Keeping up with virus taxonomy: small viruses, extra small viruses and a virus used to protect against fungal disease

Posted on March 27, 2019   by Laura Cox

Continuing the ‘Keeping up with virus taxonomy’ blog series, in this post we will be discussing the virus family named after Latin for 'small', a virus that can only cause disease in humans infected with hepatitis B and the virus being used to protect chestnut crops from a harmful fungus.

Parvoviridae:

© kozorog/iStock

Named after the Latin word for small – parvus – viruses in the Parvoviridae family are just 23-28 nanometres (nm) in diameter. This family contains two subfamilies with over 75 distinct species. These are capable of infecting a range of hosts including mammals, birds, reptiles, insects and crustaceans.

Perhaps one of the most well-known examples of a virus in the Parvoviridae family is Canine parvovirus (CPV). CPV is a severe disease that is often fatal; in unvaccinated animals, the mortality rate can be as high as 90%. The virus is spread through the faecal-oral route and attacks the intestinal tract, causing internal bleeding and intense dehydration.

Only five of the 75 viruses in Parvoviridae are known to infect humans. Most of these viruses do not cause disease, but two — bocaparvovirus and erythroparvovirus — cause disease.

Sarthroviridae:

If parvoviruses are small, viruses in the Sarthroviridae family are tiny. At just 15 nm in diameter, the one species in this family is classified as an ‘extra small virus’. The virus, called Macrobrachium satellite virus 1 is a satellite virus, meaning it requires another, larger virus called Macrobrachium rosenbergii nodavirus to infect its host and replicate.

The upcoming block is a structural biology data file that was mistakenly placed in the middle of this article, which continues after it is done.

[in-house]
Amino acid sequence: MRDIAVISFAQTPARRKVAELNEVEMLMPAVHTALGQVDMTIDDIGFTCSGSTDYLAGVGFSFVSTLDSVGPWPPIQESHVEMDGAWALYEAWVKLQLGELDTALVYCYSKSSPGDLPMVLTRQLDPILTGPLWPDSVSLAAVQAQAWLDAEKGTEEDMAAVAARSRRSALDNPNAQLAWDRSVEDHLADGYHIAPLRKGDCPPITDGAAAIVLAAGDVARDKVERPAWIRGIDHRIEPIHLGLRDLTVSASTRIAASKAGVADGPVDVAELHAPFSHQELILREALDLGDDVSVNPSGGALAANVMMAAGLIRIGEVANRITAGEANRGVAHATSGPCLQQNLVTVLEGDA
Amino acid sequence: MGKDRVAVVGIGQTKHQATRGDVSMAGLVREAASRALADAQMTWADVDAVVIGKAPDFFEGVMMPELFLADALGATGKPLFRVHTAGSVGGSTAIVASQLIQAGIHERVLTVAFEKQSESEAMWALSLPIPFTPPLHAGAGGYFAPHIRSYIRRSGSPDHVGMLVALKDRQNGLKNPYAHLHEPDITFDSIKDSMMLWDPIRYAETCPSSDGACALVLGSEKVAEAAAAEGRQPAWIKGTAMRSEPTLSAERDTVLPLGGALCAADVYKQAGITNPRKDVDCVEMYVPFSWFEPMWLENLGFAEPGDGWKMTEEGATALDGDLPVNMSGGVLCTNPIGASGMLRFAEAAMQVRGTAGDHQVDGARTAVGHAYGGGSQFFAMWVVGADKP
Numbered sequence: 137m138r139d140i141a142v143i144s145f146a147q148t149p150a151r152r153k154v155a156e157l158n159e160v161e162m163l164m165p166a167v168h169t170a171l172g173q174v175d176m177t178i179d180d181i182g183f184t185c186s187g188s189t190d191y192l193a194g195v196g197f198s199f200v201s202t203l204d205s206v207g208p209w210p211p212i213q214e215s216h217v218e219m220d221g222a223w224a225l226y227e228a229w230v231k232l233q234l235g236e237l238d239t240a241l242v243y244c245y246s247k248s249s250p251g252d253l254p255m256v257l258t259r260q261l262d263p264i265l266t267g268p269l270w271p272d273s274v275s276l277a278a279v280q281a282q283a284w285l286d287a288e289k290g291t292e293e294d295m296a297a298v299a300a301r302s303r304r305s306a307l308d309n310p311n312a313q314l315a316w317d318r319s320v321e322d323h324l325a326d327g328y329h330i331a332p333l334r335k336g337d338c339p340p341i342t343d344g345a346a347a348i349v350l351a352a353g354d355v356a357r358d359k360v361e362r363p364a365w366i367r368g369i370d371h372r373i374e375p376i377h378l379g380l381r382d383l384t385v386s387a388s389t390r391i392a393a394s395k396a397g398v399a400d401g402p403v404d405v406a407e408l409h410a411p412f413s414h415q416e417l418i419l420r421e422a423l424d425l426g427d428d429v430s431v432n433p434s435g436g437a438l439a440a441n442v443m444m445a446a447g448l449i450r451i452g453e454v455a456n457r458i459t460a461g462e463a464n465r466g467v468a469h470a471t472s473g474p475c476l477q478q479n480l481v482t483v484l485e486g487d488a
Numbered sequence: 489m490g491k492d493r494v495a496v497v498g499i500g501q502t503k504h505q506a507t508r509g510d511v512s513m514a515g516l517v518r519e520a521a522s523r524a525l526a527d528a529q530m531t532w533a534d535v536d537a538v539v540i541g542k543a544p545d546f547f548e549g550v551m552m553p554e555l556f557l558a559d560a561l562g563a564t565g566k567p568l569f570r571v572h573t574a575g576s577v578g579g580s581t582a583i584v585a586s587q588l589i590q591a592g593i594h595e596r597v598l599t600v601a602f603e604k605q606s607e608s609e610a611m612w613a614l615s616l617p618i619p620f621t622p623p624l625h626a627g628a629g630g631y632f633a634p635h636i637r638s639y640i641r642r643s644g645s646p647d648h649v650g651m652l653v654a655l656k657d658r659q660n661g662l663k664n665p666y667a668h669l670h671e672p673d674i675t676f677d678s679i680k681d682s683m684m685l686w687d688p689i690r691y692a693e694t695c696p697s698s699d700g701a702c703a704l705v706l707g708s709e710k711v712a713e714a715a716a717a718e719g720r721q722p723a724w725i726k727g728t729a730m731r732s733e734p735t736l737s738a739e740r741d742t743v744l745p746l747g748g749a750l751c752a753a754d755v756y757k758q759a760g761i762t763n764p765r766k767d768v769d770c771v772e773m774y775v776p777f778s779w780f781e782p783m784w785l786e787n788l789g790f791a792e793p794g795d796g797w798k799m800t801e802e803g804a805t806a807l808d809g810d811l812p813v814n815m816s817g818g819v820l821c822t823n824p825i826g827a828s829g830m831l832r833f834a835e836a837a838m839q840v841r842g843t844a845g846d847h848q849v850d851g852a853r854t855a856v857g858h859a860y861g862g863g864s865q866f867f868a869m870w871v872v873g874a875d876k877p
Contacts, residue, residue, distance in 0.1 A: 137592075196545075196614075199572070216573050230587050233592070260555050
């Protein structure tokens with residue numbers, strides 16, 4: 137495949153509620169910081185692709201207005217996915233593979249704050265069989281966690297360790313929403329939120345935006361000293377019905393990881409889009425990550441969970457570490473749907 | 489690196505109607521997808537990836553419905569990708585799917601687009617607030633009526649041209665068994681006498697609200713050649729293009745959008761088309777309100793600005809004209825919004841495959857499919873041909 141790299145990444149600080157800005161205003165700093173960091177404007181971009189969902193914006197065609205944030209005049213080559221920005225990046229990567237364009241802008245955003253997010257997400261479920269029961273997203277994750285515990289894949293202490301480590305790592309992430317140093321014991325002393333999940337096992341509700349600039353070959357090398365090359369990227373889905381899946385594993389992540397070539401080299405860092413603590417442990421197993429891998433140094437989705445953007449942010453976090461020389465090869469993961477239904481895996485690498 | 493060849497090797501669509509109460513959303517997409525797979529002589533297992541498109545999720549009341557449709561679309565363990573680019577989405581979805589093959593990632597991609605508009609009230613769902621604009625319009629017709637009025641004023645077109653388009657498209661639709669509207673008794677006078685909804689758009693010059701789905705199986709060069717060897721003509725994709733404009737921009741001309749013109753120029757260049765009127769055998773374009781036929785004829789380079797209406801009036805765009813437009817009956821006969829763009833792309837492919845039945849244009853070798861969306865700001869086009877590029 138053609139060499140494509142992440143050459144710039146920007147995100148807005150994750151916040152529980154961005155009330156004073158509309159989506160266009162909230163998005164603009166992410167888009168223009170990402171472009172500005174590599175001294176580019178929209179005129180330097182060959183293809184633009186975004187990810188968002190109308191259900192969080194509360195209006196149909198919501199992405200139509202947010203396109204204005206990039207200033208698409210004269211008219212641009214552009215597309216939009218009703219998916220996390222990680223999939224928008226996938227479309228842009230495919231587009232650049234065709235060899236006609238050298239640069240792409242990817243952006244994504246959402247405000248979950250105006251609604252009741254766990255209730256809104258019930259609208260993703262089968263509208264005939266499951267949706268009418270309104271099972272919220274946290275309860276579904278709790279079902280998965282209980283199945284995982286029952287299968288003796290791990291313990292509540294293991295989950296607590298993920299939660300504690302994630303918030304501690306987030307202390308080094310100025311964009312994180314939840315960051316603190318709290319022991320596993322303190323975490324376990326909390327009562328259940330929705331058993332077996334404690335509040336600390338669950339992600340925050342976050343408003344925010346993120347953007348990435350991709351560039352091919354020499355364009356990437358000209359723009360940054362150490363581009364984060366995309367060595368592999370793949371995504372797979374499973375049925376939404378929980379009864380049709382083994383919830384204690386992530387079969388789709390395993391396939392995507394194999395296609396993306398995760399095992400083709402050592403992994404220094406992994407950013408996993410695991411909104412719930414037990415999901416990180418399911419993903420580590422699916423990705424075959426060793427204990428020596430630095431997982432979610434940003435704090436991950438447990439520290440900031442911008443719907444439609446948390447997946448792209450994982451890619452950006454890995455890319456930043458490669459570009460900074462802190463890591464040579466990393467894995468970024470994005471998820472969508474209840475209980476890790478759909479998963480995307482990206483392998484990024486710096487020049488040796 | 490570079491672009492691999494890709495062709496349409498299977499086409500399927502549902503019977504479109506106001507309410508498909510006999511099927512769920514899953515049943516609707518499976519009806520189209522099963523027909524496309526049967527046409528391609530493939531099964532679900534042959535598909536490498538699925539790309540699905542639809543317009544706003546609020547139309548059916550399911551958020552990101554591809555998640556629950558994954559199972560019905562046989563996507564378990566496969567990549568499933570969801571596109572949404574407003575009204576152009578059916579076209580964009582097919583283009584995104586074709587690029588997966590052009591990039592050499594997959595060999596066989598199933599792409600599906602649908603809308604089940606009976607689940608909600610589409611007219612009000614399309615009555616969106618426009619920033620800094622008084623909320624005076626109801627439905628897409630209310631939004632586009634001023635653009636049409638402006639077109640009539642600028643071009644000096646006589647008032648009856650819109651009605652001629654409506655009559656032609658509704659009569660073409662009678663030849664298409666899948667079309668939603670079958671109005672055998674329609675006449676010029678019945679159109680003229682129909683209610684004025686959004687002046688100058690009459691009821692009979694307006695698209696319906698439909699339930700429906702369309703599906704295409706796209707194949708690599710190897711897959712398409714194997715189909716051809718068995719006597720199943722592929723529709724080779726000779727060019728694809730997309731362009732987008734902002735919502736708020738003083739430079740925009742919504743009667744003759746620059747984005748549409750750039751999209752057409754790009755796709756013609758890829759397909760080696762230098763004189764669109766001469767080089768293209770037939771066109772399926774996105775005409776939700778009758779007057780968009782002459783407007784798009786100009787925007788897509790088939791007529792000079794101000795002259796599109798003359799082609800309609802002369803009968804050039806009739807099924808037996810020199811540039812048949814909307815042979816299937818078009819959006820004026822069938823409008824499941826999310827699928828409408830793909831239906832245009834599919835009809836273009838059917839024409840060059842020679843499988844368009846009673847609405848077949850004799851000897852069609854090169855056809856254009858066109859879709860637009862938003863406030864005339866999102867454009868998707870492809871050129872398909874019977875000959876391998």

These viruses infect giant freshwater prawns and cause a disease called white tail disease. Both viruses must be present for the disease, which causes mass mortality in prawn populations, to occur. There are no other known hosts for Macrtobacterium satellite virus 1.

Deltavirus:

Another virus that can only cause infection with the presence of another virus is hepatitis delta virus (HDV). People infected with HDV are more likely to have severe symptoms of hepatitis B infection, including an increased risk of developing liver cancer and a greater likelihood of the disease progressing to liver failure.

Hypoviridae:

© eag1e/iStock

This virus family consists of four species. Unlike most other viruses, hypoviruses do not have a capsule, meaning they cannot form rigid particles and do not have structural proteins.

Hypoviruses infect fungi and cause a disease known as host-virulence reduction. Hypovirus CHV1 reduces the damage caused by the fungal disease chestnut blight and has been important in protecting European and North American chestnut crops since the 1970s.  


The International Committee on Taxonomy of Viruses (ICTV) is responsible for developing and maintaining a universal virus taxonomy. Known viruses are categorised into a classification scheme taking into consideration their physical and biological properties in combination with their phylogenetic relationships.

Thanks to funding from the Wellcome Trust, two-page summaries of each chapter of the ICTV Report (a free resource published by the ICTV which provides an up-to-date description of virus taxonomy) are freely available in the Journal of General Virology. These summaries are known as ICTV Virus Taxonomy Profiles and describe the structure, replication and taxonomy of each virus order and family.

Other blogs in the series:
Keeping up with virus taxonomy
Biopesticides, African swine fever and plant diseases